The pilgrims still come today – not just crackpots like me who love getting to know the shy and retiring wells, but also the hundreds who visit places like St Winifrede’s well at Holywell (the “Lourdes of Wales”), or Glastonbury’s beautiful Chalice Well, where the holy grail itself is said to lie submerged.
According to legend, the grail caught Christ’s blood – Christ who said salvation was “living water” and “a spring of water welling up to eternal life”. In the tarot, the suit of cups (represented as grail-shaped chalices) corresponds to the element of water, which in turn represents love.
In the Qur’an, water represents God’s benevolence, God’s mercy, and paradise. It says (with a fair amount of scientific accuracy) that we are made from water, and that “he who created the heavens and the earth … his throne was upon water”.
Darwin agrees that’s where we started, long before we got around to hauling ourselves out of the primordial soup and slithering about on land.
In my dreams, water feels like love. I like the idea that I can swim in it, absorbing a womb of warmth, a great sea in which I may one day blissfully dissolve.
Wales, then, is a land overbrimming with love: it bursts forth at every opportunity. In St David’s, a spring erupted in the spot where St Non gave birth to Wales’ patron saint, forming St Non’s Well, which today is a well-tended place of pilgrimage. Placed on the stonework that surrounds it I have spotted flowers, ornaments and – heartbreakingly – a pair of children’s shoes.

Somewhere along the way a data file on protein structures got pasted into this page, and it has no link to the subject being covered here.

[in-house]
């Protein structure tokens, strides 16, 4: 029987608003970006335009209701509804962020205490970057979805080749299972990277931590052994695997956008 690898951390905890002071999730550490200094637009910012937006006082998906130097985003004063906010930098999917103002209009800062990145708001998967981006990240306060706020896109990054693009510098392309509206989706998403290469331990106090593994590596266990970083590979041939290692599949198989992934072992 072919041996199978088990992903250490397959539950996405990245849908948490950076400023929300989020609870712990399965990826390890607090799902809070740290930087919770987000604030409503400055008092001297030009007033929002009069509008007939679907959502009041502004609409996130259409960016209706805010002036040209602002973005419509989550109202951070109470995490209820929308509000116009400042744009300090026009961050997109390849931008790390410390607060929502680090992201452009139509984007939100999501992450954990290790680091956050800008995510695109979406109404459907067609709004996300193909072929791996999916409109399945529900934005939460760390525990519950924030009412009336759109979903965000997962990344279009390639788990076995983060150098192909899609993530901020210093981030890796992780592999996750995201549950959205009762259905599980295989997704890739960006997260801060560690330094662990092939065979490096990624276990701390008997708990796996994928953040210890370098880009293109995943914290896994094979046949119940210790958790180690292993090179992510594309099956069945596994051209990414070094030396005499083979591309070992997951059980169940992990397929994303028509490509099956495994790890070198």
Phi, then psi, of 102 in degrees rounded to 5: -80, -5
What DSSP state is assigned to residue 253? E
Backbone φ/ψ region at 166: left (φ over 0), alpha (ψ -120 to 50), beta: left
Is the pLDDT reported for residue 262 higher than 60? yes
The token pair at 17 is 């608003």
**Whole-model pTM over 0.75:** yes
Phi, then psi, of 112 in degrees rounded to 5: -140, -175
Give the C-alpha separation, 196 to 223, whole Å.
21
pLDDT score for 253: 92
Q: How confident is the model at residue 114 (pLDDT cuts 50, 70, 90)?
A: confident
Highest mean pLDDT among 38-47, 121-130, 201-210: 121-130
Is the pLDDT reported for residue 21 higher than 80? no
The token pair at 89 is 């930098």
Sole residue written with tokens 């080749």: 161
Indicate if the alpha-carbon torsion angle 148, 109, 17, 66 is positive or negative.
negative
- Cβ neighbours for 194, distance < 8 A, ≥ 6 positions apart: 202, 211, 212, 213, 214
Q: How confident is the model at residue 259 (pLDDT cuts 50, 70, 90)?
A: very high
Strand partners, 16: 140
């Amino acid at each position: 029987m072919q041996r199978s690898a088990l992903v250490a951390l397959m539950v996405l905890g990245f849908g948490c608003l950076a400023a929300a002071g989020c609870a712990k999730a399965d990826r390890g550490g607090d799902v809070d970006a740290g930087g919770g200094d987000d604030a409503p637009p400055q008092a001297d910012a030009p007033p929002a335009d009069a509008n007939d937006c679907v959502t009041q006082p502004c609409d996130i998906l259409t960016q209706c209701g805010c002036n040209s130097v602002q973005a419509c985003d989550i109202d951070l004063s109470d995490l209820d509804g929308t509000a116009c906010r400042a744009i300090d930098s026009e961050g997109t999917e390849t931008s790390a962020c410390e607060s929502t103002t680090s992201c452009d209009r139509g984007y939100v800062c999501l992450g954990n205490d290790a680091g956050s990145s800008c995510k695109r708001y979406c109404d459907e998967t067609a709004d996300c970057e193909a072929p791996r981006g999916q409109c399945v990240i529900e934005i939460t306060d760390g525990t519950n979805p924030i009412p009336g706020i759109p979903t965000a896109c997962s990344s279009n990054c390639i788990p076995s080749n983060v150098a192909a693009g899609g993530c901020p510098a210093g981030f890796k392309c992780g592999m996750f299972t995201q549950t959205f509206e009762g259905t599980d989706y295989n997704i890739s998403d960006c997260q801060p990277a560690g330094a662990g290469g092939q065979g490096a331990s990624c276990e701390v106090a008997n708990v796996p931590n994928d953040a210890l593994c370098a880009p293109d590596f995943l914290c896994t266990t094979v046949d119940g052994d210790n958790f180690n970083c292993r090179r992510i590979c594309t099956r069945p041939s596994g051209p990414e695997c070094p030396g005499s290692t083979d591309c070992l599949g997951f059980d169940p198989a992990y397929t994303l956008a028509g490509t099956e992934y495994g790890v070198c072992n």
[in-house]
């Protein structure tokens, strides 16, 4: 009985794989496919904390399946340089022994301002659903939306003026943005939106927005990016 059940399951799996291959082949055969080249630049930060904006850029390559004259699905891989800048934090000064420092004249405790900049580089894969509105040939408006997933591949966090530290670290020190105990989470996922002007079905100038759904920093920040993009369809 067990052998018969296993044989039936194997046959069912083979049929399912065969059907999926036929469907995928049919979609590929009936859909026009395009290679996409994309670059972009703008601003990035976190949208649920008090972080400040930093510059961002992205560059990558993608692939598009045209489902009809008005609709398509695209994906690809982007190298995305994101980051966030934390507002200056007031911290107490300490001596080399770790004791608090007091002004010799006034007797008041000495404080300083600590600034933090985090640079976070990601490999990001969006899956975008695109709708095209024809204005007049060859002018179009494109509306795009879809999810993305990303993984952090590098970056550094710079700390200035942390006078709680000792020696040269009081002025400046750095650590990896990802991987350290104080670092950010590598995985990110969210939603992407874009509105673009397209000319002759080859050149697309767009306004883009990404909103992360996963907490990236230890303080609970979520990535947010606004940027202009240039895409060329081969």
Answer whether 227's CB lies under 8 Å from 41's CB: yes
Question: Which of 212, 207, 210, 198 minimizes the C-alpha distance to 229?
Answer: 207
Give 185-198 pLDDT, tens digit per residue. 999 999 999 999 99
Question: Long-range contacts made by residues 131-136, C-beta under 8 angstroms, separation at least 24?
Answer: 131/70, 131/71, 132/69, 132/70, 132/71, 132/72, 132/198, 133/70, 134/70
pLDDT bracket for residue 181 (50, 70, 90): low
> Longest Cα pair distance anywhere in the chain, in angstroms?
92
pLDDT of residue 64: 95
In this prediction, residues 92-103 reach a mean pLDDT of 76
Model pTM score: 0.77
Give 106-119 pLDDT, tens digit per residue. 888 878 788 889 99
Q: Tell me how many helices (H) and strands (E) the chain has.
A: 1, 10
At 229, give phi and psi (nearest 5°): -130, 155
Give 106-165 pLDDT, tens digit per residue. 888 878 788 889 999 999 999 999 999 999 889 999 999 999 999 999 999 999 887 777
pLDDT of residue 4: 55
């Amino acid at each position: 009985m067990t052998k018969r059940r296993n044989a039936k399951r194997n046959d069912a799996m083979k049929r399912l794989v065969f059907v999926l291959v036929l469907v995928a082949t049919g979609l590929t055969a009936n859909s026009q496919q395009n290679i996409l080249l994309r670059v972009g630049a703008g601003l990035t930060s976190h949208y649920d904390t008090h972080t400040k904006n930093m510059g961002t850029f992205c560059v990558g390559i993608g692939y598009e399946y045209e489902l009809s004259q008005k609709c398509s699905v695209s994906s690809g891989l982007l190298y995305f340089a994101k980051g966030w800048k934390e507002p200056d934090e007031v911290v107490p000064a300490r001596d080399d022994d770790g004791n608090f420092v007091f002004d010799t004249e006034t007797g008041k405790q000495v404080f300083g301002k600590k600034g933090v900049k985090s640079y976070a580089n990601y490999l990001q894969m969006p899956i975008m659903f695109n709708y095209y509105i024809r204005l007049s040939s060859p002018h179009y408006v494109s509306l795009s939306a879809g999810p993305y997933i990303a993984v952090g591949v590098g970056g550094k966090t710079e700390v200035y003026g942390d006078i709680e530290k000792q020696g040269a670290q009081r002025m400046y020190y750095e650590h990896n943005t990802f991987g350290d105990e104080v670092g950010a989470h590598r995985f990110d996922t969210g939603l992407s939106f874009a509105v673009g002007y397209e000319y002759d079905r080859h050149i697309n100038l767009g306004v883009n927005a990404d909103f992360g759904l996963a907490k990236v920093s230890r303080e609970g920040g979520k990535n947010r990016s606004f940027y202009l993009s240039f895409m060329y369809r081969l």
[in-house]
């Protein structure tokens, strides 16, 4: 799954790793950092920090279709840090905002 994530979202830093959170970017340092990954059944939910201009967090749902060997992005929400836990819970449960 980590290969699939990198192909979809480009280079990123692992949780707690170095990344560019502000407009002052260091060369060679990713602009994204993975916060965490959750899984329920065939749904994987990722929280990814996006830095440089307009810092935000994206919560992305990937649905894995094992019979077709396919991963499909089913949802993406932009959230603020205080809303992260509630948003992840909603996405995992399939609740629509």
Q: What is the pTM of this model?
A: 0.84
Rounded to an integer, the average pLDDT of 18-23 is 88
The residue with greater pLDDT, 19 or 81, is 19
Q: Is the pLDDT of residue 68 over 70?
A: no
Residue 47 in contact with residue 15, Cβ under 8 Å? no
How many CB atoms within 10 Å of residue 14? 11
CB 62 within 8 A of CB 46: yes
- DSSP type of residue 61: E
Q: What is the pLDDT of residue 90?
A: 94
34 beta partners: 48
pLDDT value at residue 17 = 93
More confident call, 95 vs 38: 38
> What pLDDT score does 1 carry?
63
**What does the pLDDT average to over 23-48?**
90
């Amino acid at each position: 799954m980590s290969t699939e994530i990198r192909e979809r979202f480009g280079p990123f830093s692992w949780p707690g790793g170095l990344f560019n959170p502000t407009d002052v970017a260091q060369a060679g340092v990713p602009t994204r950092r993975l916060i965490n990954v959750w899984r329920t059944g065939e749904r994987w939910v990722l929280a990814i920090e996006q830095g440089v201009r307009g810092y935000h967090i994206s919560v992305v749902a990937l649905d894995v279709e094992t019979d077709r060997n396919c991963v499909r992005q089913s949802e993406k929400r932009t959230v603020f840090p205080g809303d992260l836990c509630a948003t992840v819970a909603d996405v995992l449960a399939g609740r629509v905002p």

Some years ago, I started dreaming about a specific Welsh spring. While none of my other dreams related to an actual place in the waking world, this spring was clearly located behind Margam Park. In the dream I headed up the hillside to find a little stone building that housed a bathing pool. It was so specific that I searched for the spring in books and on maps, and in the park itself, but drew a blank.
I gave up my quest until I stumbled on a book called Sacred Springs: In Search of the Holy Wells and Spas of Wales by Paul Davis. Flipping through it, I saw with a jolt a picture of a bath house at Margam, hunkered down under a low stone roof. It wasn’t identical to the one in my dream but it was remarkably similar, so as soon as I could I took a search party – husband, son and a bewildered foreign homestay student – over to Margam to find it.
We searched up on the hillside above the park, but after an hour or so of slipping and sliding through muddy woods, and inadvertently crashing a music festival, I decided it was time to quit. Only at my husband’s insistence did we take the car up the hill instead of back to Swansea, to explore a little higher – and suddenly, down a narrow lane, there it was, its roof only just visible behind the greenery. The monks’ bath house, an ancient spring repurposed by the Abbey.
Its entrance had been boarded up “due to vandalism” but someone had ripped the boards away so that it was easy enough to step inside. Here, in the gloom, the water gushed and echoed passionately. The bath – a great, square opening in the floor, was deep, limpid and strangely calm despite the rush of water. I imagined the shock of its coldness closing around me, the feeling of it embracing me from head to toe. Dream and reality briefly touched. The water hurried on.